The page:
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Archive for the ‘Austrian Economics’ Category

Here’s the updated St Louis Fed’s FRED on Warren Buffett’s favored market measure, total market capitalization-to-GNP:

FRED Graph

The Q1 2013 ratio – the most recent point – is 110 percent.

According to the FRED data, the Q1 2000 TTM/GNP peak ratio was 158 percent, and the Q3 2007 TTM/GNP peak was 114 percent. The average for the full period – Q3 1949 to Q3 2012 – is 69 percent. The last time the market traded at a below-average ratio was Q1 2009.

Here’s the log version:

FRED Graph

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Margin debt in the United States — money borrowed against securities in brokerage accounts — has risen to its highest level ever, at $384 billion, surpassing the previous peak of $381 billion set in July 2007 according to New York Times Business Day’s Off The Charts: Sign of Excess?. Margin debt as a proportion of GDP is not quite yet at the peak set in 2007, but it has exceeded 2.25% only twice previously in the last 50 years–2000 and 2007. The bottom panel shows that each of those instances was followed by a large drawdown:

NYT Margin Debt

Read Off The Charts: Sign of Excess?

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h/t SD.

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I’m back from the Value Investing Congress in Las Vegas. There were a number of outstanding presentations, but, for mine, the best was Vitaliy Katsenelson’s epic presentation based on his Little Book of Sideways Markets.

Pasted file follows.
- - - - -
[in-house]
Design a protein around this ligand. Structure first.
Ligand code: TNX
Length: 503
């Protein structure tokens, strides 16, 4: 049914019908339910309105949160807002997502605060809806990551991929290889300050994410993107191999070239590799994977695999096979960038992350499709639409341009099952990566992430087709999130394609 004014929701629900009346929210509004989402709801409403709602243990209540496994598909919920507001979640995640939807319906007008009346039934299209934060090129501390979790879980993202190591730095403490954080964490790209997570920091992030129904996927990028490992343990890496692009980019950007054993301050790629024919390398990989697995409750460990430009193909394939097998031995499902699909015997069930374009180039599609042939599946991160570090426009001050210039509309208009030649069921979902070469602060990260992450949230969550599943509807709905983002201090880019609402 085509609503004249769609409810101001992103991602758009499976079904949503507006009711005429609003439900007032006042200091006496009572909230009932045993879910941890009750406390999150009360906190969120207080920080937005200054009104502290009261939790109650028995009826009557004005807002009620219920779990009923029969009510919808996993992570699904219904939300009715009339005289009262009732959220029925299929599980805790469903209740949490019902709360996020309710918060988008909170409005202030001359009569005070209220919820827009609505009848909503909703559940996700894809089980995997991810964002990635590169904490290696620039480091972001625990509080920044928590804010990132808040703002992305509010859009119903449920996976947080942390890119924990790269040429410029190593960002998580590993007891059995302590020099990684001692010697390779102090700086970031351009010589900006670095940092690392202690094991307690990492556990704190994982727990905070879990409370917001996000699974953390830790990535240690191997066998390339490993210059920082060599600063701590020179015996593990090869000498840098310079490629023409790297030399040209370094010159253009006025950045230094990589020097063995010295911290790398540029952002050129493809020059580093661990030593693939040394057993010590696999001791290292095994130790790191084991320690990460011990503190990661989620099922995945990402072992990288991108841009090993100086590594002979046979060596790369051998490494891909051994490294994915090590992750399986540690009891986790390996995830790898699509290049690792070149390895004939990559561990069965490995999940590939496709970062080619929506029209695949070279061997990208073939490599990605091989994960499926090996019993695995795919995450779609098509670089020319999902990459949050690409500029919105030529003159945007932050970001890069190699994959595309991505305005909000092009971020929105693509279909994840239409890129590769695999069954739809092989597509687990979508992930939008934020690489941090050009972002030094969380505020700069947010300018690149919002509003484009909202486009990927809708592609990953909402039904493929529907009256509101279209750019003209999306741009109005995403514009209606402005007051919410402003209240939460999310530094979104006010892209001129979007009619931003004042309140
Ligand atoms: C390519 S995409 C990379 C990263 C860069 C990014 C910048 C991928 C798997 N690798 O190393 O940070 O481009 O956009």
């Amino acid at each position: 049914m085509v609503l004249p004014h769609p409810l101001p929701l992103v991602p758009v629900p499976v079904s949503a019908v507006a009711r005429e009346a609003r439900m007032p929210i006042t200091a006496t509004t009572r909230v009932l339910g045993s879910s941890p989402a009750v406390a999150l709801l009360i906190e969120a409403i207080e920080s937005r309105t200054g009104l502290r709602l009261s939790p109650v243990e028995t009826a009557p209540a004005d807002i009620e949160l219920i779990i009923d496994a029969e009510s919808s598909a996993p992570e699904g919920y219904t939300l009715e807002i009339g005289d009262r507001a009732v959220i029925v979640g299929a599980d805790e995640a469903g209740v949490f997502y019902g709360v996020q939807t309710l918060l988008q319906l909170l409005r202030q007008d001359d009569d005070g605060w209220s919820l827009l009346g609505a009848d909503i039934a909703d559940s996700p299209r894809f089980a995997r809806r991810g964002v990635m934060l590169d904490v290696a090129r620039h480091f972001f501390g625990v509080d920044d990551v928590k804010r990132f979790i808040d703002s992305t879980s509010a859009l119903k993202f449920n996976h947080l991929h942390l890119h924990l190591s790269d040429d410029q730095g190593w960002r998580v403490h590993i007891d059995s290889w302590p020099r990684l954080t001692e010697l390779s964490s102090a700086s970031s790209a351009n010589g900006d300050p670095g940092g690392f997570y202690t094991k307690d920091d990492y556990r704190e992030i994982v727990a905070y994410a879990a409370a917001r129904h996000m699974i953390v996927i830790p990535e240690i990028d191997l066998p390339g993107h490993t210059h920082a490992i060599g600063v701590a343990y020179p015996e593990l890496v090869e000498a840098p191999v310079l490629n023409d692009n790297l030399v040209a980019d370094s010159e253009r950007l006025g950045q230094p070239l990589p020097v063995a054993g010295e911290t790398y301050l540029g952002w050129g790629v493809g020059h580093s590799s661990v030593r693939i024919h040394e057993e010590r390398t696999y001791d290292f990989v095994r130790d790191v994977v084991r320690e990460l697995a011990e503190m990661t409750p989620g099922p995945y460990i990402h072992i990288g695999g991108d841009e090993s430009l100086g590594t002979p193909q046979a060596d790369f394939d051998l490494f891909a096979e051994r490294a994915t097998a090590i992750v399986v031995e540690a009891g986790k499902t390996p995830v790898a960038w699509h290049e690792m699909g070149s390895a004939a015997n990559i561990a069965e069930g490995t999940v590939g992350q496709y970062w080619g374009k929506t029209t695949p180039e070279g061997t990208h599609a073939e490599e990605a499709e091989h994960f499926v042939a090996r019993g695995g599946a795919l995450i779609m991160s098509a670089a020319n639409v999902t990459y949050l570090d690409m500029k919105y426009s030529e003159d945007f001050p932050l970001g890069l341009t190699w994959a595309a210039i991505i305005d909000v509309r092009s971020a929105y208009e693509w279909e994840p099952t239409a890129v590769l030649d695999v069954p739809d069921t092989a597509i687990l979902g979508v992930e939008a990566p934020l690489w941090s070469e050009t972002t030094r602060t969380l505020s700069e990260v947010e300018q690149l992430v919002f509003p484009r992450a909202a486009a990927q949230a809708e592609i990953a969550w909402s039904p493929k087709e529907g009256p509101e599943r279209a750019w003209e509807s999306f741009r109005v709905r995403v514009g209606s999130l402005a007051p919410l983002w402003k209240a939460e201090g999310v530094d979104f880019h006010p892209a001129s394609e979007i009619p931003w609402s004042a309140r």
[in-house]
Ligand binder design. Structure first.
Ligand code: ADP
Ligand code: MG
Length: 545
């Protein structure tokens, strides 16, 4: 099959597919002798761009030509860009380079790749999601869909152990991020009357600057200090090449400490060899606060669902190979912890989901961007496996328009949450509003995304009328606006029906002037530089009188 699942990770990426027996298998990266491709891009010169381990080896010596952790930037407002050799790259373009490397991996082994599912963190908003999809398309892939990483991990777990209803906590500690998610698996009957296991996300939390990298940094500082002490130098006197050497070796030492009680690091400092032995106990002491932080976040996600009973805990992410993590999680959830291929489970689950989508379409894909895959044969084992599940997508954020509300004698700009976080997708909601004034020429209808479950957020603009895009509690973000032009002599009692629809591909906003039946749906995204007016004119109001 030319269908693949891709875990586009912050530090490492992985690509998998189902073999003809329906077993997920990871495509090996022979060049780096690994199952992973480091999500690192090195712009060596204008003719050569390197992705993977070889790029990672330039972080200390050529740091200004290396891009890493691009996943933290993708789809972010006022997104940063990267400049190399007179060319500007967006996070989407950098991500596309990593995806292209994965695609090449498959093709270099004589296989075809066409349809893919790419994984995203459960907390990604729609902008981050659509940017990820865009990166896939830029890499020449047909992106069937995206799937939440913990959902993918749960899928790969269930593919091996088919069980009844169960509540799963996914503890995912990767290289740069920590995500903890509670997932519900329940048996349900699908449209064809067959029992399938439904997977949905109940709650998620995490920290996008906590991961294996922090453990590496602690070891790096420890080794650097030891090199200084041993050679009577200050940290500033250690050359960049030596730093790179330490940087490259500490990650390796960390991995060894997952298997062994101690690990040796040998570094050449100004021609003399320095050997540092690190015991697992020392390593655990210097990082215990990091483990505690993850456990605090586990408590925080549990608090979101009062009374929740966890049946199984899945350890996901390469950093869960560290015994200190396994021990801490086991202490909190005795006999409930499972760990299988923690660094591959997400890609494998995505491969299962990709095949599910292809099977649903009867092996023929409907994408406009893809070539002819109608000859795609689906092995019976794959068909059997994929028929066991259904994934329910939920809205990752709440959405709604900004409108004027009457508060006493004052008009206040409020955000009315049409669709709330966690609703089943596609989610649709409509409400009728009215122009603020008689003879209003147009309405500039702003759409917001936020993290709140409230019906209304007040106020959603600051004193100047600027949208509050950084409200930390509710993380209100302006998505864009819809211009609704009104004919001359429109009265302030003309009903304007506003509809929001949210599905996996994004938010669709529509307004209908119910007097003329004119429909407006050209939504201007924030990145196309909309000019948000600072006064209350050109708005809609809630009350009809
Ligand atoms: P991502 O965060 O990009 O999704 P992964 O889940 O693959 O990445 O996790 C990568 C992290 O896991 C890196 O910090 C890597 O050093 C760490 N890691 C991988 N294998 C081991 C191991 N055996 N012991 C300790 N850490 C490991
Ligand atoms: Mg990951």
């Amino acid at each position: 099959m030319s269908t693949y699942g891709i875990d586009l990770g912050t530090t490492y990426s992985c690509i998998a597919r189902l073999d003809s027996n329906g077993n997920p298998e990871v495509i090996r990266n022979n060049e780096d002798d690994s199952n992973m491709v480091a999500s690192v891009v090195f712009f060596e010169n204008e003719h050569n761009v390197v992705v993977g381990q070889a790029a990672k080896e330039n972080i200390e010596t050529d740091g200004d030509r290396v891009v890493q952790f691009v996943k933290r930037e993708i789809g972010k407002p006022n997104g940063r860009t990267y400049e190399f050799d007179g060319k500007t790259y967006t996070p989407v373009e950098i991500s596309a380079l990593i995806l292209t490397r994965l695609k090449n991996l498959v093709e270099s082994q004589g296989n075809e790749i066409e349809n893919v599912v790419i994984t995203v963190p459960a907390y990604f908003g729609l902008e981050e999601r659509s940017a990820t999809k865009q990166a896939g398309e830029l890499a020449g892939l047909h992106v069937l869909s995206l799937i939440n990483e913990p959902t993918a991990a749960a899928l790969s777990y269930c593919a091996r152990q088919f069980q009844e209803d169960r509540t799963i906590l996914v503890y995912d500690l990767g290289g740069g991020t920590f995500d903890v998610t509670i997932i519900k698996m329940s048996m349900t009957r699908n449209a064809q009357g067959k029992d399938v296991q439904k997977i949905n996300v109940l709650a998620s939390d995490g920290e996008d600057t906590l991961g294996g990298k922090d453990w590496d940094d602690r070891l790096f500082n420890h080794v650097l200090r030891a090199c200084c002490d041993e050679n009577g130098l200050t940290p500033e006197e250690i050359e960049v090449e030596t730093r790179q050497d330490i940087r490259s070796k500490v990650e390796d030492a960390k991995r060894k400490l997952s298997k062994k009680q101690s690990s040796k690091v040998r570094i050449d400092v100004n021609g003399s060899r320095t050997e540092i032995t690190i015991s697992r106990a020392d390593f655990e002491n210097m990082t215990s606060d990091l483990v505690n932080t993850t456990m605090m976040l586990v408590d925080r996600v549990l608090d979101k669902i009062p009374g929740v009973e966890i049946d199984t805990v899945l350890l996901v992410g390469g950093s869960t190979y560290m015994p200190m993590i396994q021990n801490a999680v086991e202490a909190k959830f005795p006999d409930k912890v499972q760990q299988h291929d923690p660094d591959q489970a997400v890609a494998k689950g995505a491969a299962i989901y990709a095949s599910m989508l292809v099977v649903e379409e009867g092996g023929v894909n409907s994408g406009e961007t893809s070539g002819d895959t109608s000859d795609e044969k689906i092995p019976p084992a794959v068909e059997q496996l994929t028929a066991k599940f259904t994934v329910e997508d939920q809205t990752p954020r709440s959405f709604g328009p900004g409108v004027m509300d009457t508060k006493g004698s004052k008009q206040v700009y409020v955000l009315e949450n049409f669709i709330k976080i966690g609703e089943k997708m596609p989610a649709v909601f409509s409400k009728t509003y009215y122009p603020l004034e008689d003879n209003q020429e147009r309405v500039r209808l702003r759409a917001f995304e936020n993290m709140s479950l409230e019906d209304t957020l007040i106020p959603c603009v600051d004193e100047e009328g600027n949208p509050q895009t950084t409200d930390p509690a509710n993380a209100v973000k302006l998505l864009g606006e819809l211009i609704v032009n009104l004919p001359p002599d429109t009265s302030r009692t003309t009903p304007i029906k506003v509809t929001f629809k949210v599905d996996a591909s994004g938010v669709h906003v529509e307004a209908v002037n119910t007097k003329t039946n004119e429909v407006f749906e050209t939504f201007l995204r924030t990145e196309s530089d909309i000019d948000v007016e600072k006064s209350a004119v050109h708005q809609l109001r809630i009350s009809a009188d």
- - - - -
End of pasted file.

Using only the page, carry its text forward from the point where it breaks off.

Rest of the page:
12 years into this sideways market, valuations are still 30% above the historical average, while in 1982 they were about 30% percent below average! Also, historically, stocks spent a good amount of time at below-average valuations before sideways market turned into a secular bull market.

Vitaliy shows that genuine 1930s-style bear markets are rare. Most of the time the market trades sideways or up.

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Since 2000, the market has traded sideways. Vitaliy expects this to continue for another decade:

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Read GDP growth has been consistent. There’s little relationship between earnings growth and stock returns.

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Real GDP growth is very similar in both sideways and bull markets…

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…the difference in returns is the change in valuation.

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Don’t chase stocks. In the absence of good stocks, hold cash.

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Sideways markets contain many cyclical bull and bear markets.

slide-321During a sideways market, asset allocation is not as important as stock selection.

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See the full presentation:

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Chris Turner has a guest post at Doug Short’s Advisor Perspectives called When Warren Buffett Talks … People Listen examining Warren Buffett’s favored market valuation metric: Market Value divided by Gross National Product. (I’ve also examined market value-to-GNP several times. See Warren Buffett and John Hussman On The Stock MarketFRED on Buffett’s favored market measure: Total Market Value-to-GNPThe Physics Of Investing In Expensive Markets: How to Apply Simple Statistical Models)

Here Chris looks at the metric using the CPI deflator on both the numerator — market value — and the denominator — Gross National Product.